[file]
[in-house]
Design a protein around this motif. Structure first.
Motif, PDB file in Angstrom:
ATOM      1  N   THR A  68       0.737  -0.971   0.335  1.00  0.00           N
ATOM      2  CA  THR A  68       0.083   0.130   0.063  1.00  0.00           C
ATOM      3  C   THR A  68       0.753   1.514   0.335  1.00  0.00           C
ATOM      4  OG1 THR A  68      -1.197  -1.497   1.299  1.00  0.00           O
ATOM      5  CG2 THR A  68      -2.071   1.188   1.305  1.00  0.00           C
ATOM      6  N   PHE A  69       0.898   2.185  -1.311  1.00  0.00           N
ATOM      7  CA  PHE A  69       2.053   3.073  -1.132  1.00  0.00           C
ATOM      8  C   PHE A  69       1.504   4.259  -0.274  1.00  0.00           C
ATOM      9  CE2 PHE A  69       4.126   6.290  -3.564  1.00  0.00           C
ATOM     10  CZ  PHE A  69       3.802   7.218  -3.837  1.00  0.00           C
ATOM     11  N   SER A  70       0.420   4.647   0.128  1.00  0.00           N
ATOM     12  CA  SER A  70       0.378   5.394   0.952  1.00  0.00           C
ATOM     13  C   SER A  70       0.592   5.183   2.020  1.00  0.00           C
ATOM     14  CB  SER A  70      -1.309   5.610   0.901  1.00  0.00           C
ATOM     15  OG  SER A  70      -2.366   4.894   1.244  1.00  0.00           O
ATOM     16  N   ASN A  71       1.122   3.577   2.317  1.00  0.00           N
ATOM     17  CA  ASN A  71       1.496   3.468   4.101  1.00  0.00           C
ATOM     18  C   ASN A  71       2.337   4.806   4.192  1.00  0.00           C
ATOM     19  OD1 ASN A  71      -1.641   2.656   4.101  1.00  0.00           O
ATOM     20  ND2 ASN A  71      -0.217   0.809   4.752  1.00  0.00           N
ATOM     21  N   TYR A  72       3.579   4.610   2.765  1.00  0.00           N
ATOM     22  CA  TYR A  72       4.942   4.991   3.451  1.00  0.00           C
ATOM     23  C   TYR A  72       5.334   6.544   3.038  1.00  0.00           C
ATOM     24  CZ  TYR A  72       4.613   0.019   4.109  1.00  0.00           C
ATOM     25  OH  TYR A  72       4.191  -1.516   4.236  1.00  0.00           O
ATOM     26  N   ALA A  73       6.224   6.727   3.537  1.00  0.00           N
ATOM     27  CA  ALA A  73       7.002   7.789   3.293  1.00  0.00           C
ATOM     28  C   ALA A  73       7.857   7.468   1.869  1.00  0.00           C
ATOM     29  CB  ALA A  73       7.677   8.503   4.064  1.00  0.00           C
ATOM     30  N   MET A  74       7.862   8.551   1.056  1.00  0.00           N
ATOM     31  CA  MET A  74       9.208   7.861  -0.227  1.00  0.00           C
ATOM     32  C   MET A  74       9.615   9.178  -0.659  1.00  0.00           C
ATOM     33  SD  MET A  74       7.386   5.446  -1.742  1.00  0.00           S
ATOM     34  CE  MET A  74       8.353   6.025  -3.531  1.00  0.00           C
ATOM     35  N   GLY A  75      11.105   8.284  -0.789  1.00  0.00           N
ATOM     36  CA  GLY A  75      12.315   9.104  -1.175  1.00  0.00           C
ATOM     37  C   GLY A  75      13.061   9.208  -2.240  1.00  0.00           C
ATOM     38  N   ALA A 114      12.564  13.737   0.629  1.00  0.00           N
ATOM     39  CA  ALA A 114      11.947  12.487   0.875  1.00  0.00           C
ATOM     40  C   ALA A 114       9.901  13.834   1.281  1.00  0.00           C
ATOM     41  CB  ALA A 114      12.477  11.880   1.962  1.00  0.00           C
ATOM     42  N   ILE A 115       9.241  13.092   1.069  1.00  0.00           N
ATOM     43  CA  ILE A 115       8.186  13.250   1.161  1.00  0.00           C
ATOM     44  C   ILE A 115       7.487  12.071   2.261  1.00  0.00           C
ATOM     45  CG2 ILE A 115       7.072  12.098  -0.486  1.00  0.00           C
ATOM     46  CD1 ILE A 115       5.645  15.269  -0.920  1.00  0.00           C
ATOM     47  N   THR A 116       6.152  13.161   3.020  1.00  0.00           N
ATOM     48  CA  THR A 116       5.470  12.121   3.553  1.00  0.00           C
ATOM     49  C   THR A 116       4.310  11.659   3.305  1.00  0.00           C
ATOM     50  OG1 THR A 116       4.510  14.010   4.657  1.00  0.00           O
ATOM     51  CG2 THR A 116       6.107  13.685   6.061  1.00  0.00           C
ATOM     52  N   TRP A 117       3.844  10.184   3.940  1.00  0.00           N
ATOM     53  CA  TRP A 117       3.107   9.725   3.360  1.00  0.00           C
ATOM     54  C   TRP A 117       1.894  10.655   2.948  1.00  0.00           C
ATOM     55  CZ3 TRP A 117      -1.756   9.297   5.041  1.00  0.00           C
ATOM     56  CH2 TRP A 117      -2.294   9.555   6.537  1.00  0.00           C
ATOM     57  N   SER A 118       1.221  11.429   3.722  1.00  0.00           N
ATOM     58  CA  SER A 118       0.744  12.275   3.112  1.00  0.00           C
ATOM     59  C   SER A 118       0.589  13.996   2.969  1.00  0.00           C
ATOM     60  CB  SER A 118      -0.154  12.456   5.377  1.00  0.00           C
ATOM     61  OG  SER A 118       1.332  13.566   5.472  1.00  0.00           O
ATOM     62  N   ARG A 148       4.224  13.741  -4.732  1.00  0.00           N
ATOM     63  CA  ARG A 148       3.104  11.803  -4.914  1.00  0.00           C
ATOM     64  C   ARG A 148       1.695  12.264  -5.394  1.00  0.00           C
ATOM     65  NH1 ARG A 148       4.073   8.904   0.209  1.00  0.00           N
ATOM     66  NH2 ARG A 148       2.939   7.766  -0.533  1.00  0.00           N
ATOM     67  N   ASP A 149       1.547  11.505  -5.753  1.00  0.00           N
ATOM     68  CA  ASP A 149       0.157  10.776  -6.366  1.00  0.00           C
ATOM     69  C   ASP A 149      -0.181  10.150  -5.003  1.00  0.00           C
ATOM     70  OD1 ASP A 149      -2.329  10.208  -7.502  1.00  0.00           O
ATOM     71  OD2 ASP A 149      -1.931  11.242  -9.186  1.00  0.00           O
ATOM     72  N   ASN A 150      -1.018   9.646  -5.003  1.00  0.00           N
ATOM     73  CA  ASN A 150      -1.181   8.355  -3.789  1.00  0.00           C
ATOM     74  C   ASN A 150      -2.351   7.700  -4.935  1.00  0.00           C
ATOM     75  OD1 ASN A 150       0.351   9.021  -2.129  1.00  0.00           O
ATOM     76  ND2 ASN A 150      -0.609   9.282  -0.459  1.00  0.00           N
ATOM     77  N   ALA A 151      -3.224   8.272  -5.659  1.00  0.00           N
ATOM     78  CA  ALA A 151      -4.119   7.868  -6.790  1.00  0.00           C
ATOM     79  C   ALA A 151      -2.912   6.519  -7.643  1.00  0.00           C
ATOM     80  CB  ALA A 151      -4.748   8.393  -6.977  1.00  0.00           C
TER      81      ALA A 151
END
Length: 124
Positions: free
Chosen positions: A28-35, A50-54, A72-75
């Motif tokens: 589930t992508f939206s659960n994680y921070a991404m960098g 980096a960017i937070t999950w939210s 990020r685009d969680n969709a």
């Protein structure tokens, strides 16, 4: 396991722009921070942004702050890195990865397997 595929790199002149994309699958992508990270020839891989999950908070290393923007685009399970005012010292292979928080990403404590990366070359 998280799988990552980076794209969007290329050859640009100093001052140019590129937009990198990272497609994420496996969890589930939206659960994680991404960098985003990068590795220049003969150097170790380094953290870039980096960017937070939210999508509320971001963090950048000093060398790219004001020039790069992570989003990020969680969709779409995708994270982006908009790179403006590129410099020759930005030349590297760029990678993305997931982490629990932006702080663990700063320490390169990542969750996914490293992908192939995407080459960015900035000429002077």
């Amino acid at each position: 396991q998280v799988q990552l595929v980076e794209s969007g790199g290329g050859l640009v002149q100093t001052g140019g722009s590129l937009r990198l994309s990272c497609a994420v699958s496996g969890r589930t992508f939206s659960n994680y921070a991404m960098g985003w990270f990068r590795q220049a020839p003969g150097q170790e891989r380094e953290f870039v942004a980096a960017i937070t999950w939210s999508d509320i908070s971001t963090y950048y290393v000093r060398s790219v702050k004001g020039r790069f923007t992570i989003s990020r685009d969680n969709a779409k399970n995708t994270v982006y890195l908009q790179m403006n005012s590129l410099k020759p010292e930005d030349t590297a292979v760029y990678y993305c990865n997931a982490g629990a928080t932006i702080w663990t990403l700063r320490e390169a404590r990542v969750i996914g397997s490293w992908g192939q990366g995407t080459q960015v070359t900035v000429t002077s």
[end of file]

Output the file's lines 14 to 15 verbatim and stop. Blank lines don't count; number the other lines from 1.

ATOM     11  N   SER A  70       0.420   4.647   0.128  1.00  0.00           N
ATOM     12  CA  SER A  70       0.378   5.394   0.952  1.00  0.00           C